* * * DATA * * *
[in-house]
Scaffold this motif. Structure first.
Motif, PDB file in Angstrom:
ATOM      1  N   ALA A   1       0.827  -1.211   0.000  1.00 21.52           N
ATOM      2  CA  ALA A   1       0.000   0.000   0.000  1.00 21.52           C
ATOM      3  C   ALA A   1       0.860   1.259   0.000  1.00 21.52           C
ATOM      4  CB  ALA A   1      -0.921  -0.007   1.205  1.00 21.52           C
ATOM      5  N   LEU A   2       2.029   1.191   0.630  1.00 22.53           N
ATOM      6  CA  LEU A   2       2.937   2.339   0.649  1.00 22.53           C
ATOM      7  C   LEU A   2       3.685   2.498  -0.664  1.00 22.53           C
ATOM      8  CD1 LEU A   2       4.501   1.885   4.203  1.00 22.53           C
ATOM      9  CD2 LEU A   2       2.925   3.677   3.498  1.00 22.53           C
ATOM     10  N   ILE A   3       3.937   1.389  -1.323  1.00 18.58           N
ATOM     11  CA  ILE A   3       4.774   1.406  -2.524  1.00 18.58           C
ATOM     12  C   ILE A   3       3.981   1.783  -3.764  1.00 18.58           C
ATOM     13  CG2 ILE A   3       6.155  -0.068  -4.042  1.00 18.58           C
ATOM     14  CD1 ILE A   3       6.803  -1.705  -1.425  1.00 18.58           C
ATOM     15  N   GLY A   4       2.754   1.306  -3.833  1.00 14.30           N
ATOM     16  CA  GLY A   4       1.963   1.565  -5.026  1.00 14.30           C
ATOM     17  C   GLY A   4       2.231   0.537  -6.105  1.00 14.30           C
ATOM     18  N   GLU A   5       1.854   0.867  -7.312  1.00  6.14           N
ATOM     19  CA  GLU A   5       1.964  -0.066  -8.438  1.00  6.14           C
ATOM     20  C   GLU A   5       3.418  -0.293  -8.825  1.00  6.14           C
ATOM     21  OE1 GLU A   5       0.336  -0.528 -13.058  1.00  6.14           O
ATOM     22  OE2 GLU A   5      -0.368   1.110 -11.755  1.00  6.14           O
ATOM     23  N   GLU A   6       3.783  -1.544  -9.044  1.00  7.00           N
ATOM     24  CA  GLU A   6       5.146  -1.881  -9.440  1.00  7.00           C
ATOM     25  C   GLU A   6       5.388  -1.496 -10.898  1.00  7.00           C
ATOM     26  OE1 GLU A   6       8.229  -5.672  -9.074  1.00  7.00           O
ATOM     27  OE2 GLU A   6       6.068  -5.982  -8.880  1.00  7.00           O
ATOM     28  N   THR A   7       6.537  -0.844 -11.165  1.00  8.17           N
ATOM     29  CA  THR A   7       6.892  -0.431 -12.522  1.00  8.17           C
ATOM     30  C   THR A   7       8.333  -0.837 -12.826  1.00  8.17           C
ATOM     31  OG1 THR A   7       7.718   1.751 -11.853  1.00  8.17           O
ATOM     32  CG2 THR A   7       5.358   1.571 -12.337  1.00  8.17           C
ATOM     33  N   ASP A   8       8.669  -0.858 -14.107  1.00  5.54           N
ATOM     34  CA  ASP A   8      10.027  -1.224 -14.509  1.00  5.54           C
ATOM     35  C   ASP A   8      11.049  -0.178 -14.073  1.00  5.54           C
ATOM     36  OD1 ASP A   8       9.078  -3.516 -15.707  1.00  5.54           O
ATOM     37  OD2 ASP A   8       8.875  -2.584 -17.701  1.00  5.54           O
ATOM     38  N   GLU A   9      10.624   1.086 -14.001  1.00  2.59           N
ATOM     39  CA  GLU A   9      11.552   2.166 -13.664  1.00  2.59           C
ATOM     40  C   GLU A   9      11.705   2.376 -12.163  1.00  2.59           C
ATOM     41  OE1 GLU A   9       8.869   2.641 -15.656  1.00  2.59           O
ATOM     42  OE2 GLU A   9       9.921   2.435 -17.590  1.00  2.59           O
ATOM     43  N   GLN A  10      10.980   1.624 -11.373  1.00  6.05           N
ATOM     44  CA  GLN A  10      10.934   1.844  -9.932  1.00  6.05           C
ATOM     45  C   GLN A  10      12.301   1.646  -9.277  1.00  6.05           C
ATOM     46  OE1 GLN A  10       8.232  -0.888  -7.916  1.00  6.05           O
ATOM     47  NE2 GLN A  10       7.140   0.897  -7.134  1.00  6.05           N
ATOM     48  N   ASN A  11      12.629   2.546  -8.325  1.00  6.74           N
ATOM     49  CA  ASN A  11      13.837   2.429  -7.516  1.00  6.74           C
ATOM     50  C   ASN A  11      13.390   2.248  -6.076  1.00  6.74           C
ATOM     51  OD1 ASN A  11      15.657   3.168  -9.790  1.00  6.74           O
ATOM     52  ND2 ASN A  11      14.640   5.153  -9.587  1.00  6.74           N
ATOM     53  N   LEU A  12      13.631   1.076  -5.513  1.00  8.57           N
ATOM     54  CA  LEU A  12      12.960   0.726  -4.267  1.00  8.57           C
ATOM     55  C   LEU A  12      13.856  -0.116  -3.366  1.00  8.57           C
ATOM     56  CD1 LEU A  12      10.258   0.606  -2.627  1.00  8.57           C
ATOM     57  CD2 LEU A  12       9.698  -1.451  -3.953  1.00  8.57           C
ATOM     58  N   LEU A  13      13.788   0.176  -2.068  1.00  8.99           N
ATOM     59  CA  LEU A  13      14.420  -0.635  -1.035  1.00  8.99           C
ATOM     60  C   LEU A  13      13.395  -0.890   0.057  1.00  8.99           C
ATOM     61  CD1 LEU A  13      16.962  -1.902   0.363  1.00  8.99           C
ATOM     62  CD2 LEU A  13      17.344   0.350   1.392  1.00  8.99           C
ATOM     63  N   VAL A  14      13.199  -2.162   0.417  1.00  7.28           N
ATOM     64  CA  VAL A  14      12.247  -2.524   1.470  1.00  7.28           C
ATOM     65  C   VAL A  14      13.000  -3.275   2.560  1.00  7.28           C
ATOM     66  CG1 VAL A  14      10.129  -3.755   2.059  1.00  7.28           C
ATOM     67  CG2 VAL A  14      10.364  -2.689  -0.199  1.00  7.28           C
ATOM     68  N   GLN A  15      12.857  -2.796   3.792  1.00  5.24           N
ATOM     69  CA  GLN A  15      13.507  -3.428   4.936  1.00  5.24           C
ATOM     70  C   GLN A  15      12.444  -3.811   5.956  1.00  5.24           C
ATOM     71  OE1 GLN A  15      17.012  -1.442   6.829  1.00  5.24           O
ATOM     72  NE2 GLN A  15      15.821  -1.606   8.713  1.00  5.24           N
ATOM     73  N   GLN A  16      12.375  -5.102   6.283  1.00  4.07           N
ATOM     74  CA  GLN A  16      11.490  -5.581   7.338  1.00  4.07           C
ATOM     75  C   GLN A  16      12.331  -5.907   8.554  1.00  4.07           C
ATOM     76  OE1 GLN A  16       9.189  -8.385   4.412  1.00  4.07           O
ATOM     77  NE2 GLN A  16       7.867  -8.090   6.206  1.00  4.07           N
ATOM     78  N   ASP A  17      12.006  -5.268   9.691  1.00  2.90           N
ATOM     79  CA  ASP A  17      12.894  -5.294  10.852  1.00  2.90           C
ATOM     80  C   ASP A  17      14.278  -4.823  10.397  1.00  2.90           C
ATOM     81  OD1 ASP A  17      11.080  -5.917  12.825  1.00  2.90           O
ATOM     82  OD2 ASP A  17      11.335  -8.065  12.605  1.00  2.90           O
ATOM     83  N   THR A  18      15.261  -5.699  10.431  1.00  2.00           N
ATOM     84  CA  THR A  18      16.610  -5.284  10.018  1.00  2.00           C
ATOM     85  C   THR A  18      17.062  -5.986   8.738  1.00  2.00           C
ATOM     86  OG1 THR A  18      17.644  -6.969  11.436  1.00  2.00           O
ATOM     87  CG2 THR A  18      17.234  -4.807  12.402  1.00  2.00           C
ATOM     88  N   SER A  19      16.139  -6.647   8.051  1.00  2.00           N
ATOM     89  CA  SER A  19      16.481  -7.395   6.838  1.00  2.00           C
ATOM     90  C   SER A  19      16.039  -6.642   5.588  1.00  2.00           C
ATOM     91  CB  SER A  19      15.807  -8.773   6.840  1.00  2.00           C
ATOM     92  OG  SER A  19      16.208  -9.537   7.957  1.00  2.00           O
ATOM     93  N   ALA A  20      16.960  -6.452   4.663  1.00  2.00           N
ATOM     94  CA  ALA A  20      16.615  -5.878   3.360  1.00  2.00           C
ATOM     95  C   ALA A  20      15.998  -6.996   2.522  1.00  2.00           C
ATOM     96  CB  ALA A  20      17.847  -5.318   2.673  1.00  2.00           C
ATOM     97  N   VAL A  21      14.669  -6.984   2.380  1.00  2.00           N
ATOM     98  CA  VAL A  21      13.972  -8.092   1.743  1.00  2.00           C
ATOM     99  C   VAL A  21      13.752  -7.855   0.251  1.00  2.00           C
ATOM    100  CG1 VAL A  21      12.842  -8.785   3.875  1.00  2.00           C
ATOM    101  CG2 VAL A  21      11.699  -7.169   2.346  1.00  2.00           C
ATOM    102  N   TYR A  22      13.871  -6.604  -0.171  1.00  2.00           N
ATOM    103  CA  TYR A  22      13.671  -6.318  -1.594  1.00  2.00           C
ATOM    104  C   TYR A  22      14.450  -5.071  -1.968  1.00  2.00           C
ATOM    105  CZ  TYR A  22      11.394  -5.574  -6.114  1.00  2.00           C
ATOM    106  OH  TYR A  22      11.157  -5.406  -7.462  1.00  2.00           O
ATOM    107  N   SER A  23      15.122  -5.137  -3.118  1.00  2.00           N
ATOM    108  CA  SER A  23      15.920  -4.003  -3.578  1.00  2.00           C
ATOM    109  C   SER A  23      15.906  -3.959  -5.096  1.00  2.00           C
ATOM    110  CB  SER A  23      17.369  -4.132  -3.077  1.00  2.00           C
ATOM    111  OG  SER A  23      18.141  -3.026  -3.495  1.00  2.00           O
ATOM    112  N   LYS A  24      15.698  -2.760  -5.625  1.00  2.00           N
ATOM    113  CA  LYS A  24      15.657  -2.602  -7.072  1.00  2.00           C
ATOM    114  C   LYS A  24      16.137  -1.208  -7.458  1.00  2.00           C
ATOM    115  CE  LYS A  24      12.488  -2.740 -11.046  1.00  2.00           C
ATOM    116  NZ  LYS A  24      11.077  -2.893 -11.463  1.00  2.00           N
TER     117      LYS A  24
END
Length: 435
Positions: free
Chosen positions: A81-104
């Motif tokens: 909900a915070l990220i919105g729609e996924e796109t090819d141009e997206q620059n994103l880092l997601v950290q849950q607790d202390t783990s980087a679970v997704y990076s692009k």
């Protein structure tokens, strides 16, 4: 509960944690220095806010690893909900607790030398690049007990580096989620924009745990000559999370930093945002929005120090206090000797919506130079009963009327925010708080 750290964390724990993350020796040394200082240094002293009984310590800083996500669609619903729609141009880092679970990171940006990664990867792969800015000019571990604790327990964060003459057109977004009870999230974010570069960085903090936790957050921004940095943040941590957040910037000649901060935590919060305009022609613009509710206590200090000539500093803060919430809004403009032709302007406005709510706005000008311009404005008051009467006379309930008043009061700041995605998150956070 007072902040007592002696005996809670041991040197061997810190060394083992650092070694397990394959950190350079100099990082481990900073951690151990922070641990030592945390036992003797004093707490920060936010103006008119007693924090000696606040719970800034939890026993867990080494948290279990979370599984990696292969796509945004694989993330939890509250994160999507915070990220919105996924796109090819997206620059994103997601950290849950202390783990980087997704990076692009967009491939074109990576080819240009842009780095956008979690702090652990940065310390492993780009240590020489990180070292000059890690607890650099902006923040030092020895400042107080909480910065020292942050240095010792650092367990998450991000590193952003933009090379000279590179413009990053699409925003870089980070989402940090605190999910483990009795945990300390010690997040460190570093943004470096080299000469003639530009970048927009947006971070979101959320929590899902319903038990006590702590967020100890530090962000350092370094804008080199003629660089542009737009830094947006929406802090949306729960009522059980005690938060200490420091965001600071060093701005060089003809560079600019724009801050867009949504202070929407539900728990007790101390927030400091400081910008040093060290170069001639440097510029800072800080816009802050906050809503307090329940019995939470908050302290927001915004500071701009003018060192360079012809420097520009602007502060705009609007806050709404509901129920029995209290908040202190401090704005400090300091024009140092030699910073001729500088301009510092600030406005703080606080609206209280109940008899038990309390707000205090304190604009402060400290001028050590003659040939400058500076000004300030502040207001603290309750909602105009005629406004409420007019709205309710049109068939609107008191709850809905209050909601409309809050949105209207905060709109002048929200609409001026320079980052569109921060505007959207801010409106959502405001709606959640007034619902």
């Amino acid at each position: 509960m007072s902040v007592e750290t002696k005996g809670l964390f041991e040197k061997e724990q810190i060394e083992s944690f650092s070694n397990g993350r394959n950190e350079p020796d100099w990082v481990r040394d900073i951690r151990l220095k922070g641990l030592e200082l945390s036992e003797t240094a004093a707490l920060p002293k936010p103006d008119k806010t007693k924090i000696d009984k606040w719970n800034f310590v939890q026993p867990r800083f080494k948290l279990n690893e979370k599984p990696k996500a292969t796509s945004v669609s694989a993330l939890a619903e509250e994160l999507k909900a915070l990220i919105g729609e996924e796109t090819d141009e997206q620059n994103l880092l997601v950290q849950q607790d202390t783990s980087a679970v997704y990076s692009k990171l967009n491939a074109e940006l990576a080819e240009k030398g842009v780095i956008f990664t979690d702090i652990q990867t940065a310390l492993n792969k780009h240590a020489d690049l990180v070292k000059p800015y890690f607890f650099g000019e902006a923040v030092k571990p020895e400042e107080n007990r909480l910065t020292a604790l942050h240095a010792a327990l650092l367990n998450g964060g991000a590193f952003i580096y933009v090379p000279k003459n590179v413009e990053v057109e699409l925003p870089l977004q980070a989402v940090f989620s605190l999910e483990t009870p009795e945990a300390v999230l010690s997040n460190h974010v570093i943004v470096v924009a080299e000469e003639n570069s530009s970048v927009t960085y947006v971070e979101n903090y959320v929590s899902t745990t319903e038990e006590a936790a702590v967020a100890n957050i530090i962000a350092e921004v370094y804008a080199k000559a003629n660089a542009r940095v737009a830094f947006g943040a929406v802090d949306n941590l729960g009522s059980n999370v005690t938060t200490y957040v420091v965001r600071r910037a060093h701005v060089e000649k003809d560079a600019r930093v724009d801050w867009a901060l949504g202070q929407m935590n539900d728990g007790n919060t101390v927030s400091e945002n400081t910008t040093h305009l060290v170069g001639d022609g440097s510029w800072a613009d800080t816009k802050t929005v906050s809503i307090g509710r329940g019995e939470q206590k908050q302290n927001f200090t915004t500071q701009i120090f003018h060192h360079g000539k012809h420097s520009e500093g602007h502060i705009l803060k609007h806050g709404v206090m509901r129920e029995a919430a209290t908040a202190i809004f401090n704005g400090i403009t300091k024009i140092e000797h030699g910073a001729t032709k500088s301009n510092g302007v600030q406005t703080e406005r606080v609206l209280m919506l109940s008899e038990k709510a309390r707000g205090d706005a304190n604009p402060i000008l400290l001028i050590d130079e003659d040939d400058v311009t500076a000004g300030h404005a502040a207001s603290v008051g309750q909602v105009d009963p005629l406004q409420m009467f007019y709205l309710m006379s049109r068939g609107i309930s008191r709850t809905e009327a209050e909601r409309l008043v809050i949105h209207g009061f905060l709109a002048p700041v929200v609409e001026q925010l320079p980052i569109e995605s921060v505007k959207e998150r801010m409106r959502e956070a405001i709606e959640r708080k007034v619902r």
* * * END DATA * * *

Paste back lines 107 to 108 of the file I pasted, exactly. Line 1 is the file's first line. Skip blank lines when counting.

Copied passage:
ATOM    104  C   TYR A  22      14.450  -5.071  -1.968  1.00  2.00           C
ATOM    105  CZ  TYR A  22      11.394  -5.574  -6.114  1.00  2.00           C